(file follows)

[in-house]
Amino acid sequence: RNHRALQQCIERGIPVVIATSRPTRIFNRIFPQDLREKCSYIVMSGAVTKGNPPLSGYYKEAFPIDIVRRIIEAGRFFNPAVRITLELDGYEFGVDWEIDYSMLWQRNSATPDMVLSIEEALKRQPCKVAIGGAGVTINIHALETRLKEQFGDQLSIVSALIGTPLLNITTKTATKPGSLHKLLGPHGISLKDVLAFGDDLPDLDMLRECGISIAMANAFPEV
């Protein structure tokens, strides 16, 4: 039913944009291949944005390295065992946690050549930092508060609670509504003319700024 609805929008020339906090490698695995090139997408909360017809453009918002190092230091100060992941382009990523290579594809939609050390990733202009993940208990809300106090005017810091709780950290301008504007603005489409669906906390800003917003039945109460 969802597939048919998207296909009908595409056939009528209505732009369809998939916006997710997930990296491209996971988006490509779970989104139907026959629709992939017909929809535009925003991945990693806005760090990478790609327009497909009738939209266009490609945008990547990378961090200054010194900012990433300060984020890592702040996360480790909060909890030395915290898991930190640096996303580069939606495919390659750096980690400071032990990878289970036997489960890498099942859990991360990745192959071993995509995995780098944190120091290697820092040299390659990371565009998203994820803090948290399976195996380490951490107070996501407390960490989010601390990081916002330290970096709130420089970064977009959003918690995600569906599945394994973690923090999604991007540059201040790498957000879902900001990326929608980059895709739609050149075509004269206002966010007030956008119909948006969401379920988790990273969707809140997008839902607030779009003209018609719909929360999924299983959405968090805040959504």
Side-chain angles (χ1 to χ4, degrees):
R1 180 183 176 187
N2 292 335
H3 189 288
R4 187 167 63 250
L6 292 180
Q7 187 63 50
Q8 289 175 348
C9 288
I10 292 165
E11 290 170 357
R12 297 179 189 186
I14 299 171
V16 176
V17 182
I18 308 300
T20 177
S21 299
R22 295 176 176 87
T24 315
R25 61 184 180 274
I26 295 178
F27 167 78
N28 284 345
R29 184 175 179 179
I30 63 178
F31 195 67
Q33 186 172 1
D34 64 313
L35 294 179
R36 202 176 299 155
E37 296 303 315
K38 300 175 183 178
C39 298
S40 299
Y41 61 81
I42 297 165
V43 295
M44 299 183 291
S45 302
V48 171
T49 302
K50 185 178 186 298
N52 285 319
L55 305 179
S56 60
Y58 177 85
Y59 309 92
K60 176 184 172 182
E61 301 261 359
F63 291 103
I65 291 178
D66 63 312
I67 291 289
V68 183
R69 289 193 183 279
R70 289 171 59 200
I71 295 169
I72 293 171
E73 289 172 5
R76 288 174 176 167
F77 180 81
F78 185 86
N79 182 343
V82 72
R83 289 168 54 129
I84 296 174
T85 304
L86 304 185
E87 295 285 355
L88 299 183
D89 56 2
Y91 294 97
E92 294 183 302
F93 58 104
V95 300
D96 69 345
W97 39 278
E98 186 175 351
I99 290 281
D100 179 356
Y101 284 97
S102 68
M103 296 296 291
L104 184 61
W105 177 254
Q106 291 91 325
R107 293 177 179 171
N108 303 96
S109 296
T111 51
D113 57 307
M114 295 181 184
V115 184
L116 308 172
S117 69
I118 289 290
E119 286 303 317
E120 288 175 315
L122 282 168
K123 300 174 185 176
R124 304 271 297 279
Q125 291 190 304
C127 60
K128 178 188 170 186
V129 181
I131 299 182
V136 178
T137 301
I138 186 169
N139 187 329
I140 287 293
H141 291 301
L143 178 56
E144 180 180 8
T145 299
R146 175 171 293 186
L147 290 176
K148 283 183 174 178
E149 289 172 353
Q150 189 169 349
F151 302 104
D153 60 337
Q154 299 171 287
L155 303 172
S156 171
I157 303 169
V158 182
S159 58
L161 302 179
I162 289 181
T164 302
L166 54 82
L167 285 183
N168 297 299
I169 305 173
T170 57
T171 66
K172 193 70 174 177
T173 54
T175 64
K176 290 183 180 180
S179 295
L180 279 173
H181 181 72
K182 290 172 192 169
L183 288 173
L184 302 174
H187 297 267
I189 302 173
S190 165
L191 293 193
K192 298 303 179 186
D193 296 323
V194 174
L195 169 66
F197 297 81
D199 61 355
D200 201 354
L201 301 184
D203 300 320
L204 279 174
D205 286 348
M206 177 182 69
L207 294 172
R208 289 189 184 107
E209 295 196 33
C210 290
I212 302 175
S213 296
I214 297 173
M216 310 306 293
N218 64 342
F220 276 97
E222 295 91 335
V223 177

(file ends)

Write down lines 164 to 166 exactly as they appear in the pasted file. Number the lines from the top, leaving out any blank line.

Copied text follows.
D203 300 320
L204 279 174
D205 286 348